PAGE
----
Supreme Court to Consider Civil War Precedent in Trump Ballot Eligibility Case

As the Supreme Court prepares for a crucial hearing on whether former President Donald Trump should be included on the Republican primary ballot in Colorado, legal scholars are turning their attention to the annals of history, specifically Chief Justice Salmon Chase’s rulings during the aftermath of the Civil War, reported NBC News.

Chase’s decisions in two notable cases from the late 1860s, one involving Confederate President Jefferson Davis and another, a Black man named Caesar Griffin, are resurfacing in court filings related to Trump’s eligibility under Section 3 of the 14th Amendment.

The enforcement of Section 3 is a critical legal issue in Trump’s case, with potential consequences if other states adopt Colorado’s approach to removing him from the ballot.

The provision aimed to bar former government officials who joined the Confederacy from holding office after the Civil War.

Trump’s lawyers reference Chase’s ruling in the Griffin case, arguing that it supports the idea of congressional enforcement legislation as the exclusive means for enforcing Section 3. They present multiple arguments to overturn the Colorado ruling.

In their brief, the plaintiffs, six Colorado voters, contend that Chase’s opinion is “non-binding.”

In the Davis case, Chase, who was also eyeing the presidency himself, concluded that the former Confederate president should not face prosecution for treason. Cynthia Nicoletti, a University of Virginia School of Law professor, describes Chase’s argument as a “clever maneuver” driven by political expediency.

However, just a year later, Chase took a different stance in Griffin’s case, where a defendant sought to invalidate his conviction due to the judge’s Confederate background. This time, Chase ruled that “legislation by Congress is necessary” for disqualification under the 14th Amendment.

The relevance of Chase’s rulings comes to the forefront as the Supreme Court reviews Trump’s plea to overturn a Colorado Supreme Court ruling, which declared him ineligible under Section 3. Trump’s legal team invokes Chase’s Griffin ruling in their brief, arguing for “congressional enforcement legislation as the exclusive means for enforcing Section 3.”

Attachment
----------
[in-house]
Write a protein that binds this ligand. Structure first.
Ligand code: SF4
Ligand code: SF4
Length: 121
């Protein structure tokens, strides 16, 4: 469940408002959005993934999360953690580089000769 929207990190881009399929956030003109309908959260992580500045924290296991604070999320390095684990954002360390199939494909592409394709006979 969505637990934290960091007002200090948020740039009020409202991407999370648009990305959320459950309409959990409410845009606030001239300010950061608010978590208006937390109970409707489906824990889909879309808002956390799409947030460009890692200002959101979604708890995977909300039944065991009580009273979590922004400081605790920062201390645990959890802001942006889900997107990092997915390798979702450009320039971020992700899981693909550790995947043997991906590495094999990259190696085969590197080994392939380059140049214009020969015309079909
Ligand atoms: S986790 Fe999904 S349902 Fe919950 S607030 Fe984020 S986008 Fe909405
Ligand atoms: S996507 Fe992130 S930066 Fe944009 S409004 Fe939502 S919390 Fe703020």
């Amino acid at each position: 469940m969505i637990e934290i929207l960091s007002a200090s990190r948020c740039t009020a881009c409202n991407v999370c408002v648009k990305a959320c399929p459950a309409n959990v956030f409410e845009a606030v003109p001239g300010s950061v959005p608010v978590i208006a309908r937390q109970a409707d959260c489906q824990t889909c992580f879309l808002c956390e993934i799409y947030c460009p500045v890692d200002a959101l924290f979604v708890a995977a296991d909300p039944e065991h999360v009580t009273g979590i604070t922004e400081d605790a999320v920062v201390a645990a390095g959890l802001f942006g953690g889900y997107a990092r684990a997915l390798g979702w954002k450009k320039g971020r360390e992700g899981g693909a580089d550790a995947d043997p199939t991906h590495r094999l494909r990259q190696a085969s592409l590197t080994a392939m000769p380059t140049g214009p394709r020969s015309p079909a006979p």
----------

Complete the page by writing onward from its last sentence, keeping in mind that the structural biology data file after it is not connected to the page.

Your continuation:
Legal scholars, including Vikram Amar from the University of California Davis School of Law, acknowledge the historical significance but caution against elevating any single case or justice as a definitive guide. The conservative-majority Supreme Court tends to weigh heavily on the original understanding of constitutional provisions.

While some, like Justice Carlos Samour, find Chase’s Griffin ruling compelling, others, including law professors William Baude and Michael Paulsen, argue that Chase’s decisions were not straightforward and that Section 3 is “self-executing.”

The debate over how Section 3 can be enforced adds complexity to Trump’s case, where the plaintiffs, six Colorado voters, dismiss Chase’s opinion as “non-binding” and highlight his “contradictory position” in the Davis case. Legal experts like Ellen Connally suggest a close examination of history but acknowledge Chase’s possible pursuit of a loophole in the Davis case.

As the Supreme Court navigates the intricate legal arguments in Trump’s case, it remains to be seen whether Chase’s historical rulings will provide a decisive guide or add another layer of complexity to the ongoing legal saga.

Jim Thomas

Jim Thomas is a writer based in Indiana. He holds a bachelor’s degree in Political Science, a law degree from U.I.C. Law School, and has practiced law for more than 20 years.

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